[Nut-upsdev] Developing the UPS side of the UPS-NUT equation (via usbhid)

Rob Groner rgroner at RTD.com
Wed Mar 12 15:32:48 UTC 2014

Ok, using the tutorial at silabs (https://www.silabs.com/Support%20Documents/TechnicalDocs/AN249.pdf), collections make more sense to me now.  They are quite well explained:

 Application Collections group variables that carry out a common purpose. All report items must be contained
inside an application collection.
 Logical Collections group variables of different types that form a composite data structure. Think of logical
collections as a collection designator for “struct” data types, such as a struct that groups a buffer with index
variables for that buffer.
 Physical Collections group data describing a single data point. For instance, a physical collection of data could
contain readings from a temperature sensor.

So, everything needs to go in an application collection, items grouped in a report go in a logical collection…but I guess I still don’t quite understand why or how you’d use a physical collection.  A single data point…ok, but isn’t that true of your temperature data without it being in a “collection”?

From: Nut-upsdev [mailto:nut-upsdev-bounces+rgroner=rtd.com at lists.alioth.debian.org] On Behalf Of Rob Groner
Sent: Wednesday, March 12, 2014 10:48 AM
To: nut-upsdev at lists.alioth.debian.org
Subject: Re: [Nut-upsdev] Developing the UPS side of the UPS-NUT equation (via usbhid)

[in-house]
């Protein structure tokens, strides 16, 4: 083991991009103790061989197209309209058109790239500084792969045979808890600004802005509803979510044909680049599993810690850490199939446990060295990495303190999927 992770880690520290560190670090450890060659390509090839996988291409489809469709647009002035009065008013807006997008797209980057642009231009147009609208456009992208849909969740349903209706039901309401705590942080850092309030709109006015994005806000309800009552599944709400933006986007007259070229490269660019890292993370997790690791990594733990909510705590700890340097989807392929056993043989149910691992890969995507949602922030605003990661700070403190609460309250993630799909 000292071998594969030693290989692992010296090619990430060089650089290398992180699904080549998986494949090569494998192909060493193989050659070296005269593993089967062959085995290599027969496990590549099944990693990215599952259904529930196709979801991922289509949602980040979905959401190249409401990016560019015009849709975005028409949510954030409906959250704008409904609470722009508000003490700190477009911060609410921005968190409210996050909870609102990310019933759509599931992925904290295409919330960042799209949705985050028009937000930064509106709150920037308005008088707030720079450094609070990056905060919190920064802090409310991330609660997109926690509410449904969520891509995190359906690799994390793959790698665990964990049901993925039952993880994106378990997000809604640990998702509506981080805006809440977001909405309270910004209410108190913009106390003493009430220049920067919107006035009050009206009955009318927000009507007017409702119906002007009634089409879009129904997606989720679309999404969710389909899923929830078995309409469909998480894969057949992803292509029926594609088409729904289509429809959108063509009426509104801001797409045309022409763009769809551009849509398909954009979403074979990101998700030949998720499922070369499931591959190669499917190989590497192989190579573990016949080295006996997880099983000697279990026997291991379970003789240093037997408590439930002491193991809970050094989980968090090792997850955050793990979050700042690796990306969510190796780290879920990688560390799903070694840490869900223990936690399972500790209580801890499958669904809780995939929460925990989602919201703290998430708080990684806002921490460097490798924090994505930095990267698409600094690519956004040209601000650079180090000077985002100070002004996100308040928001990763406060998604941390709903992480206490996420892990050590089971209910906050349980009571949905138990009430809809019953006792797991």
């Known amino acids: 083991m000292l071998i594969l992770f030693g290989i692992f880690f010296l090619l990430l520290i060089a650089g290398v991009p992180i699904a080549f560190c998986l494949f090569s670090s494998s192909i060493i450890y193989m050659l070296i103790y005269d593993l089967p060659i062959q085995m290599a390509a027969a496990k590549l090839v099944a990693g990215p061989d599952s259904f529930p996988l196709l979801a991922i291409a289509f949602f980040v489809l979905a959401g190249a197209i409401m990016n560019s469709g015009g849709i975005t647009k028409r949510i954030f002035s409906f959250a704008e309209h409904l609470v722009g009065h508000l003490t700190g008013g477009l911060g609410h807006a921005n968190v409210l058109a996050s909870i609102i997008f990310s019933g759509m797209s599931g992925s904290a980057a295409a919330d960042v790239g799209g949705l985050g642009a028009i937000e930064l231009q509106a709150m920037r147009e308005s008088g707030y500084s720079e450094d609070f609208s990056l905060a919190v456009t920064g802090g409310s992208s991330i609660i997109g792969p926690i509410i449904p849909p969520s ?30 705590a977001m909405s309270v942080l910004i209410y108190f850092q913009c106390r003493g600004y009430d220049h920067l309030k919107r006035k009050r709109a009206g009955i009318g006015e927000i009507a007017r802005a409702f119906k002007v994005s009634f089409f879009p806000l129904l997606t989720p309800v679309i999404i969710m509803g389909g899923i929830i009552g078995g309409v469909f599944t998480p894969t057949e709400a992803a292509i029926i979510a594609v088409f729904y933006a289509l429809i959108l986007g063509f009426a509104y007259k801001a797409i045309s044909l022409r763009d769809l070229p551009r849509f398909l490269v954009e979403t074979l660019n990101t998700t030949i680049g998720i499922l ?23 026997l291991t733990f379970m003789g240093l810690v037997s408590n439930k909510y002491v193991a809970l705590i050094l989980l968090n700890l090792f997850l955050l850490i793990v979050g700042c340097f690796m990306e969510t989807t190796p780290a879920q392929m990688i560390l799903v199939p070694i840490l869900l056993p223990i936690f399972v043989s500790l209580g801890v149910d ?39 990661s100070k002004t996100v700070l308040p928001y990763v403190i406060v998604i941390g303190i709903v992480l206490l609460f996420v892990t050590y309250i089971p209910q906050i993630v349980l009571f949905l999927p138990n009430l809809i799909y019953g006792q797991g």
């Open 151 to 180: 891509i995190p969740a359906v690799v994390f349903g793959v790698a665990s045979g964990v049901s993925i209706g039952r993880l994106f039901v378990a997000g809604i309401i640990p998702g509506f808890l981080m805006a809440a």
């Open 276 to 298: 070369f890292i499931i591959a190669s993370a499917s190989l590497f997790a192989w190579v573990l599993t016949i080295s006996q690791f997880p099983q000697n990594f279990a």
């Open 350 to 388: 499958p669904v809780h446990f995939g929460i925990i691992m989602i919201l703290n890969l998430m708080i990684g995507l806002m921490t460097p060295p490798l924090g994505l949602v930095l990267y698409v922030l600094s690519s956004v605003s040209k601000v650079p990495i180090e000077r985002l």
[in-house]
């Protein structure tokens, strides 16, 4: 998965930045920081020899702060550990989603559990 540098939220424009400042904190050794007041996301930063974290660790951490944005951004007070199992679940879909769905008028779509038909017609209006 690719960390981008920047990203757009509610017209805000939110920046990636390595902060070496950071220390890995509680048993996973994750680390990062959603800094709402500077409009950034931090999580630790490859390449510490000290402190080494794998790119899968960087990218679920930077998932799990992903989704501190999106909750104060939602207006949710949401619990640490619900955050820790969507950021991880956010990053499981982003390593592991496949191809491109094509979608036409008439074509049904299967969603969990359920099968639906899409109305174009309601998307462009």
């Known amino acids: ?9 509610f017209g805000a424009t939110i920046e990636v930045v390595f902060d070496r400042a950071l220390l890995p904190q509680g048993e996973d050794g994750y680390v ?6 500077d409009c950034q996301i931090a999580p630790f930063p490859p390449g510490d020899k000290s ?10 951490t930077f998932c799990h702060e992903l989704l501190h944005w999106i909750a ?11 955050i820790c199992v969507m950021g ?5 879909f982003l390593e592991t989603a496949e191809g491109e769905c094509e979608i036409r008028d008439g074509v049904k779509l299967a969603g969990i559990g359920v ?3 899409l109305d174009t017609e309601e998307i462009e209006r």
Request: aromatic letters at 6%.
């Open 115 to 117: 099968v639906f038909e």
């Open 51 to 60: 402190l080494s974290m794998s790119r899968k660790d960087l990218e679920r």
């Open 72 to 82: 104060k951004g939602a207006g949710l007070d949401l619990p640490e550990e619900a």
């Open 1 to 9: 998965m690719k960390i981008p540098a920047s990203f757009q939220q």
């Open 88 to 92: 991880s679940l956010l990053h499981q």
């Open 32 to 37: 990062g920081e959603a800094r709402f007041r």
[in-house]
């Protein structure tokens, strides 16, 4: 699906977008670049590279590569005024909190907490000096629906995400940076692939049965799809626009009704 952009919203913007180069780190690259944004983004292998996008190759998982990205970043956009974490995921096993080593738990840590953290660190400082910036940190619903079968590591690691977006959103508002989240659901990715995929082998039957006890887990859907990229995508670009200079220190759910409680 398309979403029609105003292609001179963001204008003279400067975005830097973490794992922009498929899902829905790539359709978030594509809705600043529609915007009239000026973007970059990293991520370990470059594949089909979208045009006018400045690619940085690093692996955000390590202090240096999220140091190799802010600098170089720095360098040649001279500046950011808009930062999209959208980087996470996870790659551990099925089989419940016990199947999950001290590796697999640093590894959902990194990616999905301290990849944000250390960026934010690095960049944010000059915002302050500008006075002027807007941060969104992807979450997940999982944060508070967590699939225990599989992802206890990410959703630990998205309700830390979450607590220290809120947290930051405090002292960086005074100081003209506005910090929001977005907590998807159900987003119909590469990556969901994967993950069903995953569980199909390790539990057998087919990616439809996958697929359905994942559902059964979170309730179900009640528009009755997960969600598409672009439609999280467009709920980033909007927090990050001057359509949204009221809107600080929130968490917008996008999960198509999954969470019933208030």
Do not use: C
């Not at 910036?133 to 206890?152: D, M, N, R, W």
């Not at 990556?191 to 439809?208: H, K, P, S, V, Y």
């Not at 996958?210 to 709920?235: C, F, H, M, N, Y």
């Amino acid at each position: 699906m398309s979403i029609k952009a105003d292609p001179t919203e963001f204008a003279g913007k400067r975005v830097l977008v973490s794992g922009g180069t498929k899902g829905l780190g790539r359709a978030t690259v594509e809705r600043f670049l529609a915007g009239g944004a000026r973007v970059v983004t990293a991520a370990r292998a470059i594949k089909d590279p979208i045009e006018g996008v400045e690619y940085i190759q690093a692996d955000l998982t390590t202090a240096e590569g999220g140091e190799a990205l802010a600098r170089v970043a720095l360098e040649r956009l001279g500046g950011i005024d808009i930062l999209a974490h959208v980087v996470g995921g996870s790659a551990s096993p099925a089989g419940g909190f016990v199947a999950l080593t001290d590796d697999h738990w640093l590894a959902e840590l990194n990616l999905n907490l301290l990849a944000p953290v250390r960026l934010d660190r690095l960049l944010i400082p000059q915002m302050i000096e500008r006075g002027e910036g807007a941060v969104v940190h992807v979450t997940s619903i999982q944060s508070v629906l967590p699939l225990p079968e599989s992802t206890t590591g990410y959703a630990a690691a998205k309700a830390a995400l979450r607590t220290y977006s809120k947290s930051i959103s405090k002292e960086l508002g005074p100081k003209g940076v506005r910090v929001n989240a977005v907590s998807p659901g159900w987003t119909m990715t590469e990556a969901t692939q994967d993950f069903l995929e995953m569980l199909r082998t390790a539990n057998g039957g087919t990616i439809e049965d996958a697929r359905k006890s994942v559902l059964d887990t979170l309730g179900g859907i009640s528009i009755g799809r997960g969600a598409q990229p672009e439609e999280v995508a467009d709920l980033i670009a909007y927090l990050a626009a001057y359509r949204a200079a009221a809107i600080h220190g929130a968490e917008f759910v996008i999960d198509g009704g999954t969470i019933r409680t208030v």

The syntax is beginning (just beginning) to make sense to me now, so I’m looking now to try and implement just a few items in the report descriptor, and then I figured I can progress from there if all goes well.

The power HID docs seem to encourage drawing out your system first, and then letting the report descriptor flow from there.  So, my very simplified system goes like this:

[Battery]===DC Flow ==>[Power Summary]

All of the drawings seem to end in a power summary, and the doc seemed to stress that it was essential to power management software being able to effectively use it, so I’ll include it.

I think I understand how the usages work now….they’re basically like establishing the namespace (like com.java.class, etc).  I had been confused before when I would see multiple usage() statements all following each other, but seeing it in the nut output as the path makes it more clear.

So, pretty much everything should be under the UPS usage.  Then I would define things under the battery usage, then the flow usage, and then the power summary usage…right?

Where I’m still foggy is two things….first collections.  I’m pretty sure there’s supposed to be an application collection, and then I usually see a physical collection, but I’m still not completely understanding what their purpose is.

The second thing I still don’t understand is the minimum/maximum descriptors.  Ok, Logical min/max I get…that’s just the range of the actual value in the report…basically a way to indicate if it is unsigned or signed.  If you only have an 8 bit value specified, then I’d guess you can’t have a logical max greater than 255.  But physical min/max are a bit confusing.  Is it just a means of scaling or offsetting the logical value?

So, for instance temperature.  Our UPS has a temperature monitor on it, but HID temperature values are in Kelvin.  I could define an 8-bit temperature field, with a logical min/max of 0/100, and a physical min/max of 273/373.  So if I pass 50 as a value, then it gets read as 323 on the PC side?  And if the physical range is much greater than the logical range, then it just scales it?

The other min/max I don’t quite understand is usage min/max.  I’m thinking they have something to do with the usages “OutputID”, “FlowID”, etc.

Thank you for the help so far.  I really wish there were better learning docs out there for the un-initiated.


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